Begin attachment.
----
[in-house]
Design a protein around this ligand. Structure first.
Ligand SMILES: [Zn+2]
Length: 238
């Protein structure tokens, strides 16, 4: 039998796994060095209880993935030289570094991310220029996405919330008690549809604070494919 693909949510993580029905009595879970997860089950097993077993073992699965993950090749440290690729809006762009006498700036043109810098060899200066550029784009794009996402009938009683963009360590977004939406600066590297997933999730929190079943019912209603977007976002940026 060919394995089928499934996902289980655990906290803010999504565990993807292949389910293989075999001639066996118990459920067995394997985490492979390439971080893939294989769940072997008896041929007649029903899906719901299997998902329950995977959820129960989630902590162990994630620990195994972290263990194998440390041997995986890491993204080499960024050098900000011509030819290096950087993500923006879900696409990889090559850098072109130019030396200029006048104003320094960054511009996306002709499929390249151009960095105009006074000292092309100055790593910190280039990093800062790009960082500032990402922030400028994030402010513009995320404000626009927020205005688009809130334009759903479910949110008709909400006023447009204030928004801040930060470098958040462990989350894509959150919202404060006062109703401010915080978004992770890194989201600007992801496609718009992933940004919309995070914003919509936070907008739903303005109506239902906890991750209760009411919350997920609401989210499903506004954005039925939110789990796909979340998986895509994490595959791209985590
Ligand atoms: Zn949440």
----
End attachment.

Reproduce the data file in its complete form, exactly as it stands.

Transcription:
[in-house]
Design a protein around this ligand. Structure first.
Ligand SMILES: [Zn+2]
Length: 238
């Protein structure tokens, strides 16, 4: 039998796994060095209880993935030289570094991310220029996405919330008690549809604070494919 693909949510993580029905009595879970997860089950097993077993073992699965993950090749440290690729809006762009006498700036043109810098060899200066550029784009794009996402009938009683963009360590977004939406600066590297997933999730929190079943019912209603977007976002940026 060919394995089928499934996902289980655990906290803010999504565990993807292949389910293989075999001639066996118990459920067995394997985490492979390439971080893939294989769940072997008896041929007649029903899906719901299997998902329950995977959820129960989630902590162990994630620990195994972290263990194998440390041997995986890491993204080499960024050098900000011509030819290096950087993500923006879900696409990889090559850098072109130019030396200029006048104003320094960054511009996306002709499929390249151009960095105009006074000292092309100055790593910190280039990093800062790009960082500032990402922030400028994030402010513009995320404000626009927020205005688009809130334009759903479910949110008709909400006023447009204030928004801040930060470098958040462990989350894509959150919202404060006062109703401010915080978004992770890194989201600007992801496609718009992933940004919309995070914003919509936070907008739903303005109506239902906890991750209760009411919350997920609401989210499903506004954005039925939110789990796909979340998986895509994490595959791209985590
Ligand atoms: Zn949440």